Love the Leaves and Leave Them Be

Fall Leaves

by Linda Wiggen Kraft
Healthy Planet Green & Growing Editor

The colors of fall are in full glory as the leaves turn from green to shades of fire, sun and embers. The reds, oranges, yellows and all colors of warmth are the fireworks of nature. There is a sharpness in the air, the sky is a denser blue against the heat of tree colors as we soak in the cooler air and fall light. 

The call of fall leaves entices us to plant trees and shrubs that will explode in fire colors. This call also entices us to travel seeking vistas of forests ablaze in color. There is a fall foliage map that shows where trees are turning colors throughout the entire country. Click on https://smokymountains.com/fall-foliage-map/ to see the map. There is a slider bar at the bottom of the map that gives the fall foliage forecast by date. It’s zones of hot colors predict patchy, partial, near peak, peak and past peak areas. The map predicts that our region will have partial peak and peak colors in mid to late October. Using the map is a great way to plan for a fall foliage drive. 

The call of fall leaves also goes out to the insect world as butterflies and moths prepare for winter in the shelter of leaves. Many of these insects overwinter in the fallen leaves. Help these insects by leaving the leaves where they fall until a spell of spring days over 50 degrees takes place, then clean up last year’s leaves. Create garden beds under trees where the leaves can fall and stay all winter until springtime. Insects will be living there in the leaves. 

To create the habitat that supports the most life in a garden plant native plants, shrubs and trees. They provide some of the best fall colors. Red Oak (quercus rubra) has bright red leaves. It is also an oak, which like all oaks, is the plant that is home to the most species of insects, including caterpillars, that are needed for birds to feed their young in the spring. Red Oaks grow from Minnesota to Arkansas and all the way east to the Atlantic. Plant one in your garden, travel south or north to see the tree at its color peak. Let the leaves be as they fall so insects can live on from fall to the following spring. Another fall favorite are red maples (acer rubrum) are aptly named and loved for their fall color. Smaller trees like Dogwood (cornus florida), have redish maroon fall leaves. The Chokeberry shrubs (aronia) has sweet smelling flowers, dark berries and vibrant red and purple fall leaves. Sumac bushes (rhus glabra) turn vibrant red and orange. The fuzzy fruit head produces a spice used in Mideastern cuisine. Virginia sweetspire(itea virginica) turns bright orange red in fall. There are many choices of plants that bring the colors of fire into our gardens, parks and forests.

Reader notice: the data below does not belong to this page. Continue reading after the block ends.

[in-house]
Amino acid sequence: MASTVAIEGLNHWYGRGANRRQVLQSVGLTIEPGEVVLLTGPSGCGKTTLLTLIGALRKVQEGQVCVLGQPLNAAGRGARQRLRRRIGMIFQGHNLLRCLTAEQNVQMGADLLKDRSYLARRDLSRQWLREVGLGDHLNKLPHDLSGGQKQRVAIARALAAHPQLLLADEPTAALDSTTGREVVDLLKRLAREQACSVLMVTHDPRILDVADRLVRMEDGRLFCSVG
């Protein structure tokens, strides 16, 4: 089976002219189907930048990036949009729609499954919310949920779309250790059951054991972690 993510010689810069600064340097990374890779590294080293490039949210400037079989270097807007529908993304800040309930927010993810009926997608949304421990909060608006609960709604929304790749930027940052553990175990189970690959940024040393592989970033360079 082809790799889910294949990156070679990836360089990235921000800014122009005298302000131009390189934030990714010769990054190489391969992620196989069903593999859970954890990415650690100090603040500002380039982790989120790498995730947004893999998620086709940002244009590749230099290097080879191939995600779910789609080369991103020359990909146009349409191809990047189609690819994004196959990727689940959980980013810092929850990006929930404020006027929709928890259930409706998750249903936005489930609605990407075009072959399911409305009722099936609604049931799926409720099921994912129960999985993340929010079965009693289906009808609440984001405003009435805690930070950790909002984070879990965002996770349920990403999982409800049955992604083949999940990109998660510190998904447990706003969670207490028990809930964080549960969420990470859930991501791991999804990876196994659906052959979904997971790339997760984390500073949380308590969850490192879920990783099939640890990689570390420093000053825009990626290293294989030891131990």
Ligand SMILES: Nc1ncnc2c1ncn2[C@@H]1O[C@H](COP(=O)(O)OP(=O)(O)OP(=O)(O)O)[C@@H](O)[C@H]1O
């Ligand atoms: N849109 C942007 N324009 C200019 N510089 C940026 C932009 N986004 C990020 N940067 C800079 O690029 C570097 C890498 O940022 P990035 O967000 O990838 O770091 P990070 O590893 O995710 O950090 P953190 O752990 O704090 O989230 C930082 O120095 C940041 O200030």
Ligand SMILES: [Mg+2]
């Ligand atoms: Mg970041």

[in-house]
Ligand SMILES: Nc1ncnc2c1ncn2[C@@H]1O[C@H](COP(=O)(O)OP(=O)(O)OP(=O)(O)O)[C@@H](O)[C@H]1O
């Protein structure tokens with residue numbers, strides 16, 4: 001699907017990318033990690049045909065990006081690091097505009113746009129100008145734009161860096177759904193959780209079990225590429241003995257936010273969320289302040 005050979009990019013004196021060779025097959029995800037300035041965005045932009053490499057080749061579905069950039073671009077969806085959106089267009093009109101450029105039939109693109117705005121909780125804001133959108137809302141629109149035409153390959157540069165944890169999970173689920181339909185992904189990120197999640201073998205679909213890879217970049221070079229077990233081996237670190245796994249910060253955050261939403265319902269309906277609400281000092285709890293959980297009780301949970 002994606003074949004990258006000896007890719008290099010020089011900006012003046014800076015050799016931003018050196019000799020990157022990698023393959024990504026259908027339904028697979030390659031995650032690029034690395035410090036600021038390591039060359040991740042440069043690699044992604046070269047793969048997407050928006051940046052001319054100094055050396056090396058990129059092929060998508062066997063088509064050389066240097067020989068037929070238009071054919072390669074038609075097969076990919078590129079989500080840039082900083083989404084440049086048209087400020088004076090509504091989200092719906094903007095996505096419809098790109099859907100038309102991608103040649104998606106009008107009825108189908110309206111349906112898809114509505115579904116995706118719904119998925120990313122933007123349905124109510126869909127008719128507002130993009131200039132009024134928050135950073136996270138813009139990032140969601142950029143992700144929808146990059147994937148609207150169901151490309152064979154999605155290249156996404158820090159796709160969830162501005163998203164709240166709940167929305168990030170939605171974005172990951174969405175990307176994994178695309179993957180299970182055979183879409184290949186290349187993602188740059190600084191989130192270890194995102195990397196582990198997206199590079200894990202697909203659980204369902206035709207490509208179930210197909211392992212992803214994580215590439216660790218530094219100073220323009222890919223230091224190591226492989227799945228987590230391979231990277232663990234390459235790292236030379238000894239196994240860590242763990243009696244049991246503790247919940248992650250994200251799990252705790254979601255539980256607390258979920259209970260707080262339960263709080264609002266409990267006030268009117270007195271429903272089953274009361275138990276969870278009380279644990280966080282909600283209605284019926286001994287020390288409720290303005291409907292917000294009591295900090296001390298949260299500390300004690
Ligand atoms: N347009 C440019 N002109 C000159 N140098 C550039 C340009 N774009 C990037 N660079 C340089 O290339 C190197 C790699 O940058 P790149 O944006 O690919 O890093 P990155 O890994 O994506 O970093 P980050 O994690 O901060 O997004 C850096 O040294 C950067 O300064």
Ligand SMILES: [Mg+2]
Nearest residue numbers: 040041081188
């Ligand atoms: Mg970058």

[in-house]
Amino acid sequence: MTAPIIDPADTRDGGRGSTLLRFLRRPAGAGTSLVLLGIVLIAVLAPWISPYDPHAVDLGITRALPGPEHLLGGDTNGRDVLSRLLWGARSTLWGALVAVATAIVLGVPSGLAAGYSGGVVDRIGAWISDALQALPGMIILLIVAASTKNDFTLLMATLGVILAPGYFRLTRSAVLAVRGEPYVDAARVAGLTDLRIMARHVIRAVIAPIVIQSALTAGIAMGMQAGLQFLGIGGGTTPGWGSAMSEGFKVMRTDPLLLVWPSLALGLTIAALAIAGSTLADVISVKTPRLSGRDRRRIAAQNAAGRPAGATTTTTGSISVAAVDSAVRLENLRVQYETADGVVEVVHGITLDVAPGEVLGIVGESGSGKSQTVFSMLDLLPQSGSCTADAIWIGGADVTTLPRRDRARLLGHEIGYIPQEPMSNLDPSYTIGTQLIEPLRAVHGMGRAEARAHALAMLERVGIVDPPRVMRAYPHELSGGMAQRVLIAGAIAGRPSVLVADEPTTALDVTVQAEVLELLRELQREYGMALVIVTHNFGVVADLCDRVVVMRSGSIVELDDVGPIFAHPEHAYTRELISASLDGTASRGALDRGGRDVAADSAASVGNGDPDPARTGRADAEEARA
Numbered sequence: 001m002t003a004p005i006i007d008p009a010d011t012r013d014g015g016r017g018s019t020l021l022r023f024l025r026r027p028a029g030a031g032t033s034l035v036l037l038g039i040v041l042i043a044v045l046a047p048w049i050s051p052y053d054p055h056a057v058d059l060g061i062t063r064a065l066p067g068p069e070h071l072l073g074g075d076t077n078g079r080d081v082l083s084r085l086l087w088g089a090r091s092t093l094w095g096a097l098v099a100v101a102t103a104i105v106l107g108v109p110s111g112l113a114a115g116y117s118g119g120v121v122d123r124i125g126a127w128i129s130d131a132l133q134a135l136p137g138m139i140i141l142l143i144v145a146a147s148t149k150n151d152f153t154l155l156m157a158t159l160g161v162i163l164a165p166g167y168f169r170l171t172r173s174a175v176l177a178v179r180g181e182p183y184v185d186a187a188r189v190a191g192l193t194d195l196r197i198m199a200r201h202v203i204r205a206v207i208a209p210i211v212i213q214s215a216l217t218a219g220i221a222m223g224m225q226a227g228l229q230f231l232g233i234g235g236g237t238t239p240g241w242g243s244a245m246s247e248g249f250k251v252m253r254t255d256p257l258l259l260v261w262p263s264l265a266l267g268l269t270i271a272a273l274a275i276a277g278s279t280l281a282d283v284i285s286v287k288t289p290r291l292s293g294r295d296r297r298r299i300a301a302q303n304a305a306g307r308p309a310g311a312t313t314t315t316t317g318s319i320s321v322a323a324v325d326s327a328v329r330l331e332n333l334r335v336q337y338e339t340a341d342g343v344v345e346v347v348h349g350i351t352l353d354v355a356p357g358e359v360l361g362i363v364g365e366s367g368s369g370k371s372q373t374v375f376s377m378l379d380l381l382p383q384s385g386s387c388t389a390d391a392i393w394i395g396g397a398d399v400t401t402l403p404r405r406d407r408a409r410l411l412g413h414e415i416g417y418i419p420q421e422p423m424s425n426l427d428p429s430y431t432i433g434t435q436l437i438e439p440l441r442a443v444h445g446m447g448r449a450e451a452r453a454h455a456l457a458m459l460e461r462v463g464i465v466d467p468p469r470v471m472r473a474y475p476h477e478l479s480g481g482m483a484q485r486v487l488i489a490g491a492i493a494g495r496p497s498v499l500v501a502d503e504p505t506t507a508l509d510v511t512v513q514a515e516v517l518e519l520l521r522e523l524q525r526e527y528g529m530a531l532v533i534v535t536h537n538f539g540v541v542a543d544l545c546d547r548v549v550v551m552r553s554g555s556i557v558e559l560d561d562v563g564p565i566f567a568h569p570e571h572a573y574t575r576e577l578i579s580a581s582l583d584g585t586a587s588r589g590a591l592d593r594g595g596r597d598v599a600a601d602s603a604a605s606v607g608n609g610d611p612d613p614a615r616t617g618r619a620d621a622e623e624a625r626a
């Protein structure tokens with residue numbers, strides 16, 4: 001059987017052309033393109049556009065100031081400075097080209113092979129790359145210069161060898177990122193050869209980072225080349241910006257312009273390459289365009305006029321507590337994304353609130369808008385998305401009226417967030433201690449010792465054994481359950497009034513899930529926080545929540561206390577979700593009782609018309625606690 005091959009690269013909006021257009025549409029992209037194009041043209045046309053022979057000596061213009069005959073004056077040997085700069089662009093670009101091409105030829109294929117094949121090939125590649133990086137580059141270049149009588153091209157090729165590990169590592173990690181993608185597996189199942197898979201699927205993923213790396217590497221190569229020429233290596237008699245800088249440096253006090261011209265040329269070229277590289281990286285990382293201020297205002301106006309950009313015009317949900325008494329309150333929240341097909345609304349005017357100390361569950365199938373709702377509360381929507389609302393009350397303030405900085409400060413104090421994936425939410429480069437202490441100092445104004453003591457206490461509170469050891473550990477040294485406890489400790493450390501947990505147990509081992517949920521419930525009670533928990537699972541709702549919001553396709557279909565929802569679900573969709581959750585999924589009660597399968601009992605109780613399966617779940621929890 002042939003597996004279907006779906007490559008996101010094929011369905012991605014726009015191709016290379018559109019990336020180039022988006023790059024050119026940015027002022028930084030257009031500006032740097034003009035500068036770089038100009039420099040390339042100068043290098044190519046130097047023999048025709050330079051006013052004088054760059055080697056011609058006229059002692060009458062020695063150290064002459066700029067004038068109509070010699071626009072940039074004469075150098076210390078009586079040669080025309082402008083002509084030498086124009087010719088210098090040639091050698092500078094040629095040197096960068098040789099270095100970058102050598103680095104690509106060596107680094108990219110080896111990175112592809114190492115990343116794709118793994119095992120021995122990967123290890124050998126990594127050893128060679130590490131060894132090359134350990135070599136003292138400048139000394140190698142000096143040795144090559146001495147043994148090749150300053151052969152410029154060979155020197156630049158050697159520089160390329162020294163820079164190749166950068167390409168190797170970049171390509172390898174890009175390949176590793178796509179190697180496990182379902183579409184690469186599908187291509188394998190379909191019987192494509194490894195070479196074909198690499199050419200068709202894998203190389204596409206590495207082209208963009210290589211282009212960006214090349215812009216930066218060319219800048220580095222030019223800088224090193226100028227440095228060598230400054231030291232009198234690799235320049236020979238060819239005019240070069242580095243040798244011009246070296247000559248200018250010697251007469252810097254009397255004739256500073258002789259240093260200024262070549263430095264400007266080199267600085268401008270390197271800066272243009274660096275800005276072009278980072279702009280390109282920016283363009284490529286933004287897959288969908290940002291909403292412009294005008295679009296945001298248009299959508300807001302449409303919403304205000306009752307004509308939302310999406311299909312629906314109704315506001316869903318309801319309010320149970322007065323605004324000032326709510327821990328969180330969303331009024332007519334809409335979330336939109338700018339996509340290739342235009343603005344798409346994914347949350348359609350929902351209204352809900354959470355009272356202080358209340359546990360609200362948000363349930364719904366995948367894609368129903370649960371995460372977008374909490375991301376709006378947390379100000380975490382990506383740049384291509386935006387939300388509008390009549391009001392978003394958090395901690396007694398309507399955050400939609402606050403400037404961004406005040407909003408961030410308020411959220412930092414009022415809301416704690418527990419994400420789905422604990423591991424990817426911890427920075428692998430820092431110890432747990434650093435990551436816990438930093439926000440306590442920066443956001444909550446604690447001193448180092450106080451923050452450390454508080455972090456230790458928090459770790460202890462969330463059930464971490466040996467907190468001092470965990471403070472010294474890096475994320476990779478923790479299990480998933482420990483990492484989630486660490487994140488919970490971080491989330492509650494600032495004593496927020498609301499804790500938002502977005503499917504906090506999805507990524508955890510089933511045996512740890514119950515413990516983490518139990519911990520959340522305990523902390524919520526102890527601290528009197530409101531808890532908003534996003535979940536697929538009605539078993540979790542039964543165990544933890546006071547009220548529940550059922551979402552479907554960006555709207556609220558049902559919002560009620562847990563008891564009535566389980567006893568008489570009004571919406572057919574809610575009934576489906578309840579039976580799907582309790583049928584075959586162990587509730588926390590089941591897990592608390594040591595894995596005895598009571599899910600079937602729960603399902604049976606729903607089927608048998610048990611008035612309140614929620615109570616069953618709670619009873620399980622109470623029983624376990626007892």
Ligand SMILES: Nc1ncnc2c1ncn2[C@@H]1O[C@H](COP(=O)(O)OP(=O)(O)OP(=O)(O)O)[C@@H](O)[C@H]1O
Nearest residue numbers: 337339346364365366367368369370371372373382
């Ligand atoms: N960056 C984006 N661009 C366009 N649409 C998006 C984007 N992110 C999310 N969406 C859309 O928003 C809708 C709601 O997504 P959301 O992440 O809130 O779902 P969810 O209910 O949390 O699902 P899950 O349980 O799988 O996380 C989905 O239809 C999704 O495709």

Enjoy the warm colors of fall as the air cools and our gardens move into a too soon winter. Bring fall colors into your garden with the many possibilities of plants that brighten the garden scene. Enjoy the leaves and let them be, in your garden 

Linda Wiggen Kraft is an artist and landscape designer who creates holistic and organic gardens. She offers Creativity Journeys, Mandala and Nature Journey workshops. More info is at her website and blog: www.CreativityForTheSoul.com Call her at 314 504-4266